LAS VEGAS (KSNV & MyNews3) --
Teachers' paychecks just got smaller, thanks to an arbitrator who today sided with the Clark County School District.
The ruling rolls back raises teachers received at the beginning of the year. They received the raises when the school year began, because the district and the teachers' union could not agree on a new contract.
When that happens, the salaries revert to the last contract, which awarded teachers more money this year.
The district says teachers will not have to pay back the raises they've received for the past five months.
In handing out his decision today, arbitrator Jay Fogelberg stated, “that this decision is being made with the assumption that their (CCSD) stated goal of hiring more teachers was made in good faith and will now be put into effect.” Furthermore, the arbitrator stated that “achieving Administration (CCSD’s) stated objective of reducing student/teacher ratio should not be balanced exclusively on the backs of existing staff.”Statement from Superintendent Dwight D. Jones regarding teacher contract arbitration decision
"The District is relieved today that the arbitrator chose our contract proposal because it will help us balance our budget, which has been cut by $550 million over the past six years. This decision supports the District's priority to put more teachers back into classrooms.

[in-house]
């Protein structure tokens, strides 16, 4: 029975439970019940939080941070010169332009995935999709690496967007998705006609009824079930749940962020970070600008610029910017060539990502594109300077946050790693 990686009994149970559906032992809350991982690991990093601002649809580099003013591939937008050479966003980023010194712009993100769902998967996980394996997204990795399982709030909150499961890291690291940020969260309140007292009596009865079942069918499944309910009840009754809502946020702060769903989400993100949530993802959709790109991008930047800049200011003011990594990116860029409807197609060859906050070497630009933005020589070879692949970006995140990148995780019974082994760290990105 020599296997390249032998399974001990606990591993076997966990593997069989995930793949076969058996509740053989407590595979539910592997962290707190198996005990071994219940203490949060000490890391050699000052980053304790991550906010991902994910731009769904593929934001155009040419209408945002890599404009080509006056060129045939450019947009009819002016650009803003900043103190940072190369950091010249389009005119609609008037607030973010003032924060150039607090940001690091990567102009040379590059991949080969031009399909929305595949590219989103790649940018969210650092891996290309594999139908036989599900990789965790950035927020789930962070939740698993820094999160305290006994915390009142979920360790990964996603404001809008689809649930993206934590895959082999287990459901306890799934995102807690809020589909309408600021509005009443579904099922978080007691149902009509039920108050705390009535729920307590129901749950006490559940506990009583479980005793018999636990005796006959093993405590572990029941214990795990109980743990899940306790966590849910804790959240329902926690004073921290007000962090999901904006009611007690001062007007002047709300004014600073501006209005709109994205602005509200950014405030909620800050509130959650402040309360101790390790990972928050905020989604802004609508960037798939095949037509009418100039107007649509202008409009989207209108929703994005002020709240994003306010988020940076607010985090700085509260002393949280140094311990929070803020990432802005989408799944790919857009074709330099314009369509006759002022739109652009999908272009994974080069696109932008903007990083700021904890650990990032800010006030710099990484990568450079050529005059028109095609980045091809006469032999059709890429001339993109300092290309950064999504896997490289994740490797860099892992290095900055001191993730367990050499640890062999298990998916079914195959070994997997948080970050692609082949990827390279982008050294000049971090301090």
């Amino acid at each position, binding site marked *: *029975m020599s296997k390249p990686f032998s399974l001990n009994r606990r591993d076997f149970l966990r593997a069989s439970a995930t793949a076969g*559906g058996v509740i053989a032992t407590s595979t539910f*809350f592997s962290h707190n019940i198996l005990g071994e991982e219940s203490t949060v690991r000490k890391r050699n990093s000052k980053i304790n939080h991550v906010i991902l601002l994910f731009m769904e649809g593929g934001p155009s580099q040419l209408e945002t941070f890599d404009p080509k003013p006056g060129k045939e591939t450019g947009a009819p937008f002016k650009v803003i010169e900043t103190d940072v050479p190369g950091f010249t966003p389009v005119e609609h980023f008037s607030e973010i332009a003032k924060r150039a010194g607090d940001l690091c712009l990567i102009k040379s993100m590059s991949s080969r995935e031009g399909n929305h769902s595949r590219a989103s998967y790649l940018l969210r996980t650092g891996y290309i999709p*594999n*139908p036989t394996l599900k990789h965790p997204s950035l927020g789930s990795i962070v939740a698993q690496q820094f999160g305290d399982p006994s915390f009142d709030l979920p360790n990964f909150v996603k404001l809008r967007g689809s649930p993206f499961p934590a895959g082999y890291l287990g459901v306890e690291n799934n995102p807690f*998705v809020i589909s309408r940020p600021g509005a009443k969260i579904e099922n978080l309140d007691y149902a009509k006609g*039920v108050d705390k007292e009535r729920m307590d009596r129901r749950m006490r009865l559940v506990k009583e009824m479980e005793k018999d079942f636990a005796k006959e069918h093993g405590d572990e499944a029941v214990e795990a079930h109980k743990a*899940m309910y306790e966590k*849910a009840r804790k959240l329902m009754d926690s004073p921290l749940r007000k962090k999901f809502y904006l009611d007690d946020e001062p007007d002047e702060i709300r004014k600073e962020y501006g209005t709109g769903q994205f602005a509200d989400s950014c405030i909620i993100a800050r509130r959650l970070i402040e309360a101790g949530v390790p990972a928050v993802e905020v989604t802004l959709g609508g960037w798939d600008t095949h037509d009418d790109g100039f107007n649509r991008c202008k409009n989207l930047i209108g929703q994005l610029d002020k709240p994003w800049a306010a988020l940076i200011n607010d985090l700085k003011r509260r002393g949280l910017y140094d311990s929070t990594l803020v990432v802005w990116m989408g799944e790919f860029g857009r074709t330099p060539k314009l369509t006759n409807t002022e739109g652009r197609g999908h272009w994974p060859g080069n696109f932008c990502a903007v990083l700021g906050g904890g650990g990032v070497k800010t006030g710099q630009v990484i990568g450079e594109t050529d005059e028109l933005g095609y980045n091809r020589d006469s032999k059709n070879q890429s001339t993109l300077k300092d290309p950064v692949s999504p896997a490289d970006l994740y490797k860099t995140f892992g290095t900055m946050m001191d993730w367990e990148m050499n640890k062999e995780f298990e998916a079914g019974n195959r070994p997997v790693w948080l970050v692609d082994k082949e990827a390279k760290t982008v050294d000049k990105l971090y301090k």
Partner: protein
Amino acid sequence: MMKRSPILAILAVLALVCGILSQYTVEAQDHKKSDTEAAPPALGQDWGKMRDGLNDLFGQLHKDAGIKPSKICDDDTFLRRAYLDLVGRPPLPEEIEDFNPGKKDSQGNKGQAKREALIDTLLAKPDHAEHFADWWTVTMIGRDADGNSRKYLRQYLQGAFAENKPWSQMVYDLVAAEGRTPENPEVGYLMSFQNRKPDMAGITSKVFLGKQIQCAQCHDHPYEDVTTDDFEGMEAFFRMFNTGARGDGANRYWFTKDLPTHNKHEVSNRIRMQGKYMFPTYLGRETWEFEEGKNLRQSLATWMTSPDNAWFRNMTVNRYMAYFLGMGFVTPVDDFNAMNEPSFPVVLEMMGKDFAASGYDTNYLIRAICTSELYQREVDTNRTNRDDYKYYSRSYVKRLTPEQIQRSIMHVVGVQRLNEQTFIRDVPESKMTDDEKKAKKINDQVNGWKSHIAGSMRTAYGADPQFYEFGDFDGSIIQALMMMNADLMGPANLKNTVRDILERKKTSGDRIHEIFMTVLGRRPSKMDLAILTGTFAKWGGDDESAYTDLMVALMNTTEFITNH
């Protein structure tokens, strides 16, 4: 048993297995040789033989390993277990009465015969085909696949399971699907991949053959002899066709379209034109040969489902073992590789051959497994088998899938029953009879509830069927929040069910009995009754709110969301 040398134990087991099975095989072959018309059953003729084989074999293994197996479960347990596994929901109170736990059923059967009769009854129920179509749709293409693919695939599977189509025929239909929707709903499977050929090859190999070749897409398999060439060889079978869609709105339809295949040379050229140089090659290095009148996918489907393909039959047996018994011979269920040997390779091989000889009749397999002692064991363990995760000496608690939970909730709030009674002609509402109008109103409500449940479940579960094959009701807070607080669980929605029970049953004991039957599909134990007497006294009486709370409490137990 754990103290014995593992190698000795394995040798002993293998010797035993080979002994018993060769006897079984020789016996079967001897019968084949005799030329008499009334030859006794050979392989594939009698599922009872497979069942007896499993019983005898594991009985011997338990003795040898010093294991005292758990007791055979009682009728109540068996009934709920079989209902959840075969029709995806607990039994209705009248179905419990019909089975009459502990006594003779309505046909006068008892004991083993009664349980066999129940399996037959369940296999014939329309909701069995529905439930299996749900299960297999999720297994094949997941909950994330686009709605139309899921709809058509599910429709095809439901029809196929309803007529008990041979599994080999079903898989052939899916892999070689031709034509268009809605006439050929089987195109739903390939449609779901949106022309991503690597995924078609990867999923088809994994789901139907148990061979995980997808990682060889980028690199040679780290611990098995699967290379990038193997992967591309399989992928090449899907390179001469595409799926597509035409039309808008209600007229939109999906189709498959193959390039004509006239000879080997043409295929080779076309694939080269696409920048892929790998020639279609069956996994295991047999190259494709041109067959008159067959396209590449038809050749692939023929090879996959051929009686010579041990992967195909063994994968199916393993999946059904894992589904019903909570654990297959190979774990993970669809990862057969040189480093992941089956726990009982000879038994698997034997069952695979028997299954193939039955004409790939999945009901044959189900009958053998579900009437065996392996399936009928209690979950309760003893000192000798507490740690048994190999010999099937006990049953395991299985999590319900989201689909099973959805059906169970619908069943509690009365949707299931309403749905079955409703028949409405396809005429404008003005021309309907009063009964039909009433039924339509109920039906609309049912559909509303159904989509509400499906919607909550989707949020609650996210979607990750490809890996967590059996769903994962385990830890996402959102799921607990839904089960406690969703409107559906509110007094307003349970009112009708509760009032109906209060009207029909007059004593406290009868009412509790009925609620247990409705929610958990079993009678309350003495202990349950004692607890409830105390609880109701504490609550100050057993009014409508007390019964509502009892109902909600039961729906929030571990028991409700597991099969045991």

"Over the past few years, our teachers have shown that they can do more with less, raising standardized test scores in almost every grade and every subject level. I am proud of the perseverance they have shown in difficult economic times, and I know they do it because they love our students and want them to succeed.
"At some point, though, less just becomes less. Our state has some difficult funding decisions ahead to support our efforts to increase student achievement in the Clark County School District. We cannot simply continue to cut and ask employees to do more with less.
"We will continue to work with our employee groups through this legislative session to highlight the need for a more balanced and equitable approach to funding public education."